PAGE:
Bureaucracy the latest barrier for asylum seekers
A recently released United Nations flowchart for refugees has exposed how complicated it is to apply for asylum.
The flowchart, a classic example of Byzantine bureaucratic befuddlement, is emblematic of how governments and bureaucracies across the globe are clamping down on the movement of refugees and asylum seekers.
Two months after Europe’s agreement with Turkey on migrants from the Middle East went into effect, Greece has finally shared the rules for asylum-seekers already in the country to apply for refugee status.
The process, explained in a handout distributed by the UN High Commission for Refugees (UNHCR) as well as the Greek government, adds yet a new step to the current system, Asylum seekers must now pre-register, which allows them to live in Greece until their application has been processed.
Pre-registrations, the pamphlet explains, will take place in designated centers, starting with people living in official camps.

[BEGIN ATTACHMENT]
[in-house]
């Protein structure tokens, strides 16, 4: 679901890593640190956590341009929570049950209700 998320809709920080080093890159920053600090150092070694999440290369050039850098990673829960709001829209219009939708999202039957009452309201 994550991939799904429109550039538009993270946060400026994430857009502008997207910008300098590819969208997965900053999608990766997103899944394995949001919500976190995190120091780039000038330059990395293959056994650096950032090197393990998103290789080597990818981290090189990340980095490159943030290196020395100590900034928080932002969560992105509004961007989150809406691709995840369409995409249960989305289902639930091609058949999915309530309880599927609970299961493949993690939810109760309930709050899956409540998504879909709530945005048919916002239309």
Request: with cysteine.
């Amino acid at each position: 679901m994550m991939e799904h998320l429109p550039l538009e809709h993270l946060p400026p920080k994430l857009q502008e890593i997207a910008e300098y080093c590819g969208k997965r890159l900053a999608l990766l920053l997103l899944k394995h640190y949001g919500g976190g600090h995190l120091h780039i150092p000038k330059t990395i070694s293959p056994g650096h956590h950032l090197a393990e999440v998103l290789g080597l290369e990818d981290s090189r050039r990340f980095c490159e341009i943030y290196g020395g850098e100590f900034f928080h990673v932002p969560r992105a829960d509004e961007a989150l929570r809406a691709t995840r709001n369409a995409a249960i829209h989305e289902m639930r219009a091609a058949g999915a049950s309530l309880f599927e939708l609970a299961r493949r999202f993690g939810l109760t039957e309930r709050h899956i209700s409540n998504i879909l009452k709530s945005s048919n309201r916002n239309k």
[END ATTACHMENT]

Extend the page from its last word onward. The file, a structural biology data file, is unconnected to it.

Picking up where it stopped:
Then, people who live in ‘informal sites’, or open camps, will be taken to the pre-registration centers, but only “if they are willing to move to an official site”.
This, however, the Greek Government has admitted might take months.
Lastly, people who have found accommodation in hotels or other residential places, will be allowed to pre-register only after the first two groups.
Once asylum-seekers complete pre-registration, they must get an appointment at the Asylum Service office and sit an interview to explain why they need asylum.
Only people who have entered Greece between Jan. 1, 2015 and March 20, 2016 will be allowed to pre-register.
They also must hold a police note acknowledging their presence in Greece and be living on the mainland.
People on the islands can’t apply for asylum this way. Refugees also need cellphone access, as notifications about next steps are communicated via SMS.
People who aren’t joining their family or are not from a specific set of countries (Syria, Iraq, Central African Republic, Eritrea, Burundi, Costa Rica, Saint Vincent and the Grenadines, Bahrain, Maldives), or who entered Greece before September 16, 2015, have to remain in their country of arrival, in this case, Greece.
According to UNHCR data, even though more than 850,000 migrants arrived in Greece by sea in 2015, only 13,210 applied for refugee status in Greece.
About 10,000 of those requests were processed, and 41.8 per cent applicants were granted asylum.
Last year, nearly half a million refugees applied for asylum in Germany. About half those requests have been processed, with 56.5 per cent accepted.
AMES Australia Staff Writer